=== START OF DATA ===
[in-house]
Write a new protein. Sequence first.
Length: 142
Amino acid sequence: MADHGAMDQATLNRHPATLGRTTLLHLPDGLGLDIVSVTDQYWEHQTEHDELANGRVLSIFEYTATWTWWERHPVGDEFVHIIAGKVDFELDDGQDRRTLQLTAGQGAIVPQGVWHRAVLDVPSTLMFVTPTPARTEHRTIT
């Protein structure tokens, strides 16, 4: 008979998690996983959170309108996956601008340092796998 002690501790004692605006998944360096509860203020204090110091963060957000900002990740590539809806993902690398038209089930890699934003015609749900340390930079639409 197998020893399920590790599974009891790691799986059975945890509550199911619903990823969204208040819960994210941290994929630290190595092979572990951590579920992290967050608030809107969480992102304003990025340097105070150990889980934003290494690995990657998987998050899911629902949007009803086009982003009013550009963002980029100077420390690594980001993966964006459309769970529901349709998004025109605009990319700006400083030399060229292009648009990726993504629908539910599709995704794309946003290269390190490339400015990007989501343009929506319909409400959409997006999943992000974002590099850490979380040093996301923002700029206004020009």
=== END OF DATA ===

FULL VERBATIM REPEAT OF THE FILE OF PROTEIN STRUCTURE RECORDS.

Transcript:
[in-house]
Write a new protein. Sequence first.
Length: 142
Amino acid sequence: MADHGAMDQATLNRHPATLGRTTLLHLPDGLGLDIVSVTDQYWEHQTEHDELANGRVLSIFEYTATWTWWERHPVGDEFVHIIAGKVDFELDDGQDRRTLQLTAGQGAIVPQGVWHRAVLDVPSTLMFVTPTPARTEHRTIT
């Protein structure tokens, strides 16, 4: 008979998690996983959170309108996956601008340092796998 002690501790004692605006998944360096509860203020204090110091963060957000900002990740590539809806993902690398038209089930890699934003015609749900340390930079639409 197998020893399920590790599974009891790691799986059975945890509550199911619903990823969204208040819960994210941290994929630290190595092979572990951590579920992290967050608030809107969480992102304003990025340097105070150990889980934003290494690995990657998987998050899911629902949007009803086009982003009013550009963002980029100077420390690594980001993966964006459309769970529901349709998004025109605009990319700006400083030399060229292009648009990726993504629908539910599709995704794309946003290269390190490339400015990007989501343009929506319909409400959409997006999943992000974002590099850490979380040093996301923002700029206004020009």